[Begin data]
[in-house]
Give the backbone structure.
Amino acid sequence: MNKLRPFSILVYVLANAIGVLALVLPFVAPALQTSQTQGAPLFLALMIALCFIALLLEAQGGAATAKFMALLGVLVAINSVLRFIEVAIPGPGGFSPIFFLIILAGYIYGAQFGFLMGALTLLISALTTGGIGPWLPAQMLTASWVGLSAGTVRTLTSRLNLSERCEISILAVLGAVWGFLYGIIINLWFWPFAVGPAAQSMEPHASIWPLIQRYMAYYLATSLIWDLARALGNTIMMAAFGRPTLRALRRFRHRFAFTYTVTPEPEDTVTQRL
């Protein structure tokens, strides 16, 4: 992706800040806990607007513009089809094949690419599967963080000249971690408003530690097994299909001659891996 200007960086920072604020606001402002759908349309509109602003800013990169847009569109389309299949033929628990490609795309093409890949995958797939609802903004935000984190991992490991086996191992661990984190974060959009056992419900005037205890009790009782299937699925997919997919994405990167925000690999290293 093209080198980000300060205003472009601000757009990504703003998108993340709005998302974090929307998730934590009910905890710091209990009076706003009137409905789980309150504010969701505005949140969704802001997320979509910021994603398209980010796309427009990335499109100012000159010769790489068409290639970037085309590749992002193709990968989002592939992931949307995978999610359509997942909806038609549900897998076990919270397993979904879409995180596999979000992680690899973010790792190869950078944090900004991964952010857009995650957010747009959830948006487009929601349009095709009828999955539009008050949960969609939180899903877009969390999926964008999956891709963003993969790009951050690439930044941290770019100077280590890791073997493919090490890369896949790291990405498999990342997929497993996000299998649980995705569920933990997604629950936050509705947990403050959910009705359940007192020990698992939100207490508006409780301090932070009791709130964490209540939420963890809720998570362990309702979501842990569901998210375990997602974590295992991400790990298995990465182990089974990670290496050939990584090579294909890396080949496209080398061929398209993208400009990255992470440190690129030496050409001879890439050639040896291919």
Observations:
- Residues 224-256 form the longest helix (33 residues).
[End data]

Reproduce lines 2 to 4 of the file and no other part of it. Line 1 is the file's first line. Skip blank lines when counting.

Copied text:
Give the backbone structure.
Amino acid sequence: MNKLRPFSILVYVLANAIGVLALVLPFVAPALQTSQTQGAPLFLALMIALCFIALLLEAQGGAATAKFMALLGVLVAINSVLRFIEVAIPGPGGFSPIFFLIILAGYIYGAQFGFLMGALTLLISALTTGGIGPWLPAQMLTASWVGLSAGTVRTLTSRLNLSERCEISILAVLGAVWGFLYGIIINLWFWPFAVGPAAQSMEPHASIWPLIQRYMAYYLATSLIWDLARALGNTIMMAAFGRPTLRALRRFRHRFAFTYTVTPEPEDTVTQRL
């Protein structure tokens, strides 16, 4: 992706800040806990607007513009089809094949690419599967963080000249971690408003530690097994299909001659891996 200007960086920072604020606001402002759908349309509109602003800013990169847009569109389309299949033929628990490609795309093409890949995958797939609802903004935000984190991992490991086996191992661990984190974060959009056992419900005037205890009790009782299937699925997919997919994405990167925000690999290293 093209080198980000300060205003472009601000757009990504703003998108993340709005998302974090929307998730934590009910905890710091209990009076706003009137409905789980309150504010969701505005949140969704802001997320979509910021994603398209980010796309427009990335499109100012000159010769790489068409290639970037085309590749992002193709990968989002592939992931949307995978999610359509997942909806038609549900897998076990919270397993979904879409995180596999979000992680690899973010790792190869950078944090900004991964952010857009995650957010747009959830948006487009929601349009095709009828999955539009008050949960969609939180899903877009969390999926964008999956891709963003993969790009951050690439930044941290770019100077280590890791073997493919090490890369896949790291990405498999990342997929497993996000299998649980995705569920933990997604629950936050509705947990403050959910009705359940007192020990698992939100207490508006409780301090932070009791709130964490209540939420963890809720998570362990309702979501842990569901998210375990997602974590295992991400790990298995990465182990089974990670290496050939990584090579294909890396080949496209080398061929398209993208400009990255992470440190690129030496050409001879890439050639040896291919």